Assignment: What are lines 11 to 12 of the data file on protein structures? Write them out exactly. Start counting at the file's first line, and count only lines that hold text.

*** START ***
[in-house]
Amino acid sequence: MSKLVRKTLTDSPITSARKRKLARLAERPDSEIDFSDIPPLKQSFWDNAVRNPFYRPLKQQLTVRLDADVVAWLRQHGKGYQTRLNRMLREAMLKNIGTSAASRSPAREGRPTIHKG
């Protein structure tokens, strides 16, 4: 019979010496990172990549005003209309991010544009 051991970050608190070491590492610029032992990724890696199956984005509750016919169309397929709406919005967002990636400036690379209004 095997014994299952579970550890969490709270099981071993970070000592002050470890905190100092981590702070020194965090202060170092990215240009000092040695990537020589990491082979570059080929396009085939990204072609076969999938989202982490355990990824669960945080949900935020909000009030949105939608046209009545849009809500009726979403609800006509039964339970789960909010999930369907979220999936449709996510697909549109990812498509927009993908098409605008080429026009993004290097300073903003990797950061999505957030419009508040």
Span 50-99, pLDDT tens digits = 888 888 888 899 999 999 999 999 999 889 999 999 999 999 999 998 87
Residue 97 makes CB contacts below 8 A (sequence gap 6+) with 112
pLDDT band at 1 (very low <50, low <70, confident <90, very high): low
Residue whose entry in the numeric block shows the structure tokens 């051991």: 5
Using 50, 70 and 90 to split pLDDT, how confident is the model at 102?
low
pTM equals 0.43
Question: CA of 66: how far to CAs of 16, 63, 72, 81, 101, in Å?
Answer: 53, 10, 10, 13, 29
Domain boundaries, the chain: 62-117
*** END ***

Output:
Question: CA of 66: how far to CAs of 16, 63, 72, 81, 101, in Å?
Answer: 53, 10, 10, 13, 29